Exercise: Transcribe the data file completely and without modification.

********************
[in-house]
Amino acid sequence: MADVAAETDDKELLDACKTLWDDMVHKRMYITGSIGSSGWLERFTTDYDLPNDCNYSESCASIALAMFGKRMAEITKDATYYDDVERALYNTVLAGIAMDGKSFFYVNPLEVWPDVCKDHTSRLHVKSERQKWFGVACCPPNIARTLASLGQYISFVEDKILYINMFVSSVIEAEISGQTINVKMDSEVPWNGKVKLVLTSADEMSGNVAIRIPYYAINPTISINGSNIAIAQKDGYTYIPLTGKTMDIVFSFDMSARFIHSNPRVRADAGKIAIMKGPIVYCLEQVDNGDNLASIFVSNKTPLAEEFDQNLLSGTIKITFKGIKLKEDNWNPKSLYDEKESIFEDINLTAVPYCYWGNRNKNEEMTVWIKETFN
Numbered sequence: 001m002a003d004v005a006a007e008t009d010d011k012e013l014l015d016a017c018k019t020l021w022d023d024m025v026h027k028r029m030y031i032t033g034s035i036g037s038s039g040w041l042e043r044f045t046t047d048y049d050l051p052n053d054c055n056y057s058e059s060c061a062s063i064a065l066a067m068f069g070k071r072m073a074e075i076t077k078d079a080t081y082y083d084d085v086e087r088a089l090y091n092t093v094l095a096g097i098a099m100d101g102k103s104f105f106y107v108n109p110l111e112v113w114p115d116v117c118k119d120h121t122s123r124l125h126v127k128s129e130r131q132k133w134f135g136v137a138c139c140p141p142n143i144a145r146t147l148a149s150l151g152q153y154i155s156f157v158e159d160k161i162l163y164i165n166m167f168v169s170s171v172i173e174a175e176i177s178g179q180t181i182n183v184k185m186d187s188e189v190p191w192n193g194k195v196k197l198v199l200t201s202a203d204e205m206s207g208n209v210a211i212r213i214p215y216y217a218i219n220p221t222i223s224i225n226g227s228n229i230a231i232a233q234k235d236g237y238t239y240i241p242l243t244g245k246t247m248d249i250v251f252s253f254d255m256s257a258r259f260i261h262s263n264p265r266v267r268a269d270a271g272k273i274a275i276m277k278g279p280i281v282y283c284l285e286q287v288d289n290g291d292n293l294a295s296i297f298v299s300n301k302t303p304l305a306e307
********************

[in-house]
Amino acid sequence: MADVAAETDDKELLDACKTLWDDMVHKRMYITGSIGSSGWLERFTTDYDLPNDCNYSESCASIALAMFGKRMAEITKDATYYDDVERALYNTVLAGIAMDGKSFFYVNPLEVWPDVCKDHTSRLHVKSERQKWFGVACCPPNIARTLASLGQYISFVEDKILYINMFVSSVIEAEISGQTINVKMDSEVPWNGKVKLVLTSADEMSGNVAIRIPYYAINPTISINGSNIAIAQKDGYTYIPLTGKTMDIVFSFDMSARFIHSNPRVRADAGKIAIMKGPIVYCLEQVDNGDNLASIFVSNKTPLAEEFDQNLLSGTIKITFKGIKLKEDNWNPKSLYDEKESIFEDINLTAVPYCYWGNRNKNEEMTVWIKETFN
Numbered sequence: 001m002a003d004v005a006a007e008t009d010d011k012e013l014l015d016a017c018k019t020l021w022d023d024m025v026h027k028r029m030y031i032t033g034s035i036g037s038s039g040w041l042e043r044f045t046t047d048y049d050l051p052n053d054c055n056y057s058e059s060c061a062s063i064a065l066a067m068f069g070k071r072m073a074e075i076t077k078d079a080t081y082y083d084d085v086e087r088a089l090y091n092t093v094l095a096g097i098a099m100d101g102k103s104f105f106y107v108n109p110l111e112v113w114p115d116v117c118k119d120h121t122s123r124l125h126v127k128s129e130r131q132k133w134f135g136v137a138c139c140p141p142n143i144a145r146t147l148a149s150l151g152q153y154i155s156f157v158e159d160k161i162l163y164i165n166m167f168v169s170s171v172i173e174a175e176i177s178g179q180t181i182n183v184k185m186d187s188e189v190p191w192n193g194k195v196k197l198v199l200t201s202a203d204e205m206s207g208n209v210a211i212r213i214p215y216y217a218i219n220p221t222i223s224i225n226g227s228n229i230a231i232a233q234k235d236g237y238t239y240i241p242l243t244g245k246t247m248d249i250v251f252s253f254d255m256s257a258r259f260i261h262s263n264p265r266v267r268a269d270a271g272k273i274a275i276m277k278g279p280i281v282y283c284l285e286q287v288d289n290g291d292n293l294a295s296i297f298v299s300n301k302t303p304l305a306e307